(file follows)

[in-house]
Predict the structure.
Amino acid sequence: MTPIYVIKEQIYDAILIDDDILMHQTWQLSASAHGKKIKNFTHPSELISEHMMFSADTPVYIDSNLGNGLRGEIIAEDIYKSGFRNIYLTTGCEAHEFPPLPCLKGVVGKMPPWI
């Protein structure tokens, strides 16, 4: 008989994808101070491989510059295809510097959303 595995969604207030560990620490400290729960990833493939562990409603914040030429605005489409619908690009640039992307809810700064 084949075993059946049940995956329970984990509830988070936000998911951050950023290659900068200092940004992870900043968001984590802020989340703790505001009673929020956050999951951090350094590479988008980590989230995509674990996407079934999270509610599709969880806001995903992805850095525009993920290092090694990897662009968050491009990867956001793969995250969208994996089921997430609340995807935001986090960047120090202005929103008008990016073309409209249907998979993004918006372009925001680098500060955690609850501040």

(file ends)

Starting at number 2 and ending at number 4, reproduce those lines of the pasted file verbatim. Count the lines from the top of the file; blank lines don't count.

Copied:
Predict the structure.
Amino acid sequence: MTPIYVIKEQIYDAILIDDDILMHQTWQLSASAHGKKIKNFTHPSELISEHMMFSADTPVYIDSNLGNGLRGEIIAEDIYKSGFRNIYLTTGCEAHEFPPLPCLKGVVGKMPPWI
């Protein structure tokens, strides 16, 4: 008989994808101070491989510059295809510097959303 595995969604207030560990620490400290729960990833493939562990409603914040030429605005489409619908690009640039992307809810700064 084949075993059946049940995956329970984990509830988070936000998911951050950023290659900068200092940004992870900043968001984590802020989340703790505001009673929020956050999951951090350094590479988008980590989230995509674990996407079934999270509610599709969880806001995903992805850095525009993920290092090694990897662009968050491009990867956001793969995250969208994996089921997430609340995807935001986090960047120090202005929103008008990016073309409209249907998979993004918006372009925001680098500060955690609850501040």